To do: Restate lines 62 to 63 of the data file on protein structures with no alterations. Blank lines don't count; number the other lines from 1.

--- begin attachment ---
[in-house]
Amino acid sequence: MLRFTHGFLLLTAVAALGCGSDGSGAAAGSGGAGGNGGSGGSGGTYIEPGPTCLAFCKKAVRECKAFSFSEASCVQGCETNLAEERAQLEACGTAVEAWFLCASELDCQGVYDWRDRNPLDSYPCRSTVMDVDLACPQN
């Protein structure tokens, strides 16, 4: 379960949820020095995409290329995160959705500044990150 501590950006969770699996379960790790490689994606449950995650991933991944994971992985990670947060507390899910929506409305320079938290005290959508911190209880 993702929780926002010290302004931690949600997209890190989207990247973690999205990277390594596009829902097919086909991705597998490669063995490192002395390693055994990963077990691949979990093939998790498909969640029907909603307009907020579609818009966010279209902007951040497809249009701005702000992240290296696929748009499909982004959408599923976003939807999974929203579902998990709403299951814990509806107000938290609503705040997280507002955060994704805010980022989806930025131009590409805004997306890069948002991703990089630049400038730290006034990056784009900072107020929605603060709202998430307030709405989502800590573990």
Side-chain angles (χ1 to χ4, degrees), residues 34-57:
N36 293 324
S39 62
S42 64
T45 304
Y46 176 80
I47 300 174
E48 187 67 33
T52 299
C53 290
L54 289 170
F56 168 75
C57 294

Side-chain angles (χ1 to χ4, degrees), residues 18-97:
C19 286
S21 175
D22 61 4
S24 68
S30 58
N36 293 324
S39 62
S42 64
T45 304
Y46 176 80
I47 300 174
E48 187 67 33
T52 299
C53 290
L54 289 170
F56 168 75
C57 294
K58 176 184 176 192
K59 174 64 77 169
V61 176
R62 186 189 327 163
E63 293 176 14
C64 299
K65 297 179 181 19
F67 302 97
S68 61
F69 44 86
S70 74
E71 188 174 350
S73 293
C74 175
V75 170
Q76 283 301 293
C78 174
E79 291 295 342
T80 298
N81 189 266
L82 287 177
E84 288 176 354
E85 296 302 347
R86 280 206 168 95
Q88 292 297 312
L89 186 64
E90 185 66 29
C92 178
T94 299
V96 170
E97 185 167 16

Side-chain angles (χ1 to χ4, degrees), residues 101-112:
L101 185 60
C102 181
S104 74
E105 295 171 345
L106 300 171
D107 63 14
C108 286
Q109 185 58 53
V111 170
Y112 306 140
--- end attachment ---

C92 178
T94 299